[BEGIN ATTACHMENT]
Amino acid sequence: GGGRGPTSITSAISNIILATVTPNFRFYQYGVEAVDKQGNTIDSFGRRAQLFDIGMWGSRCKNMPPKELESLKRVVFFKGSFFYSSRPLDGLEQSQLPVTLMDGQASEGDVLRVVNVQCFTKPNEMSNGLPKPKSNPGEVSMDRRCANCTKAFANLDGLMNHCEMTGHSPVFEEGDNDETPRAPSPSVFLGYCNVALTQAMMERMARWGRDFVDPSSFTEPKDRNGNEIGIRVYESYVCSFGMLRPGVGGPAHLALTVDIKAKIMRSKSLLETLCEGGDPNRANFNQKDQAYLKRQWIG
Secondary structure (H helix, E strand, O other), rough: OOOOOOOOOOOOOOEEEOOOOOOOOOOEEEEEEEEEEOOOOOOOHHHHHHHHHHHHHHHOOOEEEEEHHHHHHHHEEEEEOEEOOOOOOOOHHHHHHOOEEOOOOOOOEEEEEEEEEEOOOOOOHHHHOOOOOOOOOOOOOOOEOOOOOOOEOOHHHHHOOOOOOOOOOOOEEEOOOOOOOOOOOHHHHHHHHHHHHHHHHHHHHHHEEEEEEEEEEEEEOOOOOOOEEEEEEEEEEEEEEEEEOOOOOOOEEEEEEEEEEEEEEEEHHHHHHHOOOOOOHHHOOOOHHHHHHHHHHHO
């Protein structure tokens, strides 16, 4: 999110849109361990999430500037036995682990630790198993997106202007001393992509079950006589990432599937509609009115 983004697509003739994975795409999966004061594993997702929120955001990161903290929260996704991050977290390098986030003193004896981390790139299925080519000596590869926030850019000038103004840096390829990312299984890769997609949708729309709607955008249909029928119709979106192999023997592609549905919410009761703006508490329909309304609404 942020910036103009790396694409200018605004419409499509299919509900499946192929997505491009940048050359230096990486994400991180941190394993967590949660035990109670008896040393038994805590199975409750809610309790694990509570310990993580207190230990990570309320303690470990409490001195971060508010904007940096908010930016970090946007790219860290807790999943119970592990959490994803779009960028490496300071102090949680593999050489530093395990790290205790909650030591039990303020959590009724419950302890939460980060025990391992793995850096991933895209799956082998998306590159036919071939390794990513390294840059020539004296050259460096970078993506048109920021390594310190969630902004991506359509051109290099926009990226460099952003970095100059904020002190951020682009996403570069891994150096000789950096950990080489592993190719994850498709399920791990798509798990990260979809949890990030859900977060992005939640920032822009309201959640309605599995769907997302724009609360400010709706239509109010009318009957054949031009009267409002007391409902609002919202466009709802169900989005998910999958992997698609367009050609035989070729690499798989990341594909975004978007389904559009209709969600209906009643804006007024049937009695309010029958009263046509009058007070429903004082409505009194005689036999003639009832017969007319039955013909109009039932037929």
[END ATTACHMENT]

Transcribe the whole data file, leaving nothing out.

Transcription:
Amino acid sequence: GGGRGPTSITSAISNIILATVTPNFRFYQYGVEAVDKQGNTIDSFGRRAQLFDIGMWGSRCKNMPPKELESLKRVVFFKGSFFYSSRPLDGLEQSQLPVTLMDGQASEGDVLRVVNVQCFTKPNEMSNGLPKPKSNPGEVSMDRRCANCTKAFANLDGLMNHCEMTGHSPVFEEGDNDETPRAPSPSVFLGYCNVALTQAMMERMARWGRDFVDPSSFTEPKDRNGNEIGIRVYESYVCSFGMLRPGVGGPAHLALTVDIKAKIMRSKSLLETLCEGGDPNRANFNQKDQAYLKRQWIG
Secondary structure (H helix, E strand, O other), rough: OOOOOOOOOOOOOOEEEOOOOOOOOOOEEEEEEEEEEOOOOOOOHHHHHHHHHHHHHHHOOOEEEEEHHHHHHHHEEEEEOEEOOOOOOOOHHHHHHOOEEOOOOOOOEEEEEEEEEEOOOOOOHHHHOOOOOOOOOOOOOOOEOOOOOOOEOOHHHHHOOOOOOOOOOOOEEEOOOOOOOOOOOHHHHHHHHHHHHHHHHHHHHHHEEEEEEEEEEEEEOOOOOOOEEEEEEEEEEEEEEEEEOOOOOOOEEEEEEEEEEEEEEEEHHHHHHHOOOOOOHHHOOOOHHHHHHHHHHHO
């Protein structure tokens, strides 16, 4: 999110849109361990999430500037036995682990630790198993997106202007001393992509079950006589990432599937509609009115 983004697509003739994975795409999966004061594993997702929120955001990161903290929260996704991050977290390098986030003193004896981390790139299925080519000596590869926030850019000038103004840096390829990312299984890769997609949708729309709607955008249909029928119709979106192999023997592609549905919410009761703006508490329909309304609404 942020910036103009790396694409200018605004419409499509299919509900499946192929997505491009940048050359230096990486994400991180941190394993967590949660035990109670008896040393038994805590199975409750809610309790694990509570310990993580207190230990990570309320303690470990409490001195971060508010904007940096908010930016970090946007790219860290807790999943119970592990959490994803779009960028490496300071102090949680593999050489530093395990790290205790909650030591039990303020959590009724419950302890939460980060025990391992793995850096991933895209799956082998998306590159036919071939390794990513390294840059020539004296050259460096970078993506048109920021390594310190969630902004991506359509051109290099926009990226460099952003970095100059904020002190951020682009996403570069891994150096000789950096950990080489592993190719994850498709399920791990798509798990990260979809949890990030859900977060992005939640920032822009309201959640309605599995769907997302724009609360400010709706239509109010009318009957054949031009009267409002007391409902609002919202466009709802169900989005998910999958992997698609367009050609035989070729690499798989990341594909975004978007389904559009209709969600209906009643804006007024049937009695309010029958009263046509009058007070429903004082409505009194005689036999003639009832017969007319039955013909109009039932037929």